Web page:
That’s Alien Ramirez dancing there. She’s a world salsa dance champion from Cuba. If you click on the picture, you can see her in action (at a different venue). She’s amazing!

Dancing (especially salsa dancing) has been a big part of my life for the past few years. I discovered it right out of college and haven’t been able to quit dancing since then. I love it!

When a man and woman are dancing, to me, it seems like a perfect harmony of the sexes. Both the leader and follower have unique responsibilities to pull off the dance. Boundaries are clearly defined, and each dancer has a responsibility to work within those boundaries, but at the same time, be creative within those boundaries. Finding yourself in the middle of a dance in this sort of perfect understanding and communication with your dance partner is a really miraculous and wonderful thing – both to participate in and to behold!

I am a person who works really well within well-defined boundaries. I am always my most creative when I have certain limitations placed on me. Perhaps that is one of many reasons I love to dance. I know the limits of my world on the dance floor – and I own those limits! (it helps to know the role is equally valued and necessary for the success of the dance, as well).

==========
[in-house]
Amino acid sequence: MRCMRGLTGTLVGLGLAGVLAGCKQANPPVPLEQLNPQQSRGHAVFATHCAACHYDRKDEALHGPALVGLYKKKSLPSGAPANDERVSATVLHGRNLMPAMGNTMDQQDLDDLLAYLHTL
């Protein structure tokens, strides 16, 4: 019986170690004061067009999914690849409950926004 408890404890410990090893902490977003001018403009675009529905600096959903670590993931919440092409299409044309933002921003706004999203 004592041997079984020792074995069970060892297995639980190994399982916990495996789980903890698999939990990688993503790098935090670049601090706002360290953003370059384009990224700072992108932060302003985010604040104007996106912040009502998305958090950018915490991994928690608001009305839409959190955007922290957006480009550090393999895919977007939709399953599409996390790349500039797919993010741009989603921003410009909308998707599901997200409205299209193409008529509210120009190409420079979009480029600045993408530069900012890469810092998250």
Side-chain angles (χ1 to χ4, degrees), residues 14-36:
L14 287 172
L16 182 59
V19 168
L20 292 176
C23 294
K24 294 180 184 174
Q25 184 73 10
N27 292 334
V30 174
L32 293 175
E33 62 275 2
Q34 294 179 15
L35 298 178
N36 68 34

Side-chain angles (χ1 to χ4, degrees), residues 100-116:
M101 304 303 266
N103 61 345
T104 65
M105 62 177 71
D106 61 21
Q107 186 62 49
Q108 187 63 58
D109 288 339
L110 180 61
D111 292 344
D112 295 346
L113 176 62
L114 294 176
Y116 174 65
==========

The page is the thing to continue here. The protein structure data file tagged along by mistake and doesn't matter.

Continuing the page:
This may be why children, also, respond especially well to dance instruction. Boundaries are clearly defined. Expectations are clear. Note Mad Hot Ballroom for example – a documentary that follows the introduction of ballroom instruction in NYC elementary schools.

My love for dance has me wondering about its applications within the world. I do not like the idea of having strictly defined gender roles (especially those imposed by others), and yet I am having trouble drawing limitations around myself. While we could view roles as being strictly individual, I am an individual who is a woman. I still haven’t figured out how reconcile these two.

Which is probably why I will keep on dancing. What I cannot achieve in my personal life, I can achieve momentarily on the dance floor. There, I can own my individuality and my femininity at once in a role that is necessary and valuable. The dance simply could not happen if I refused to take on both identities – as a creative individual and female partner.

What do you think about gender roles? Are they outdated and senseless or helpful to a degree? Should we rely in any way on precedents or is it up to the individual to define or decide what responsibilities/obligations (if any) are related to his/her gender?

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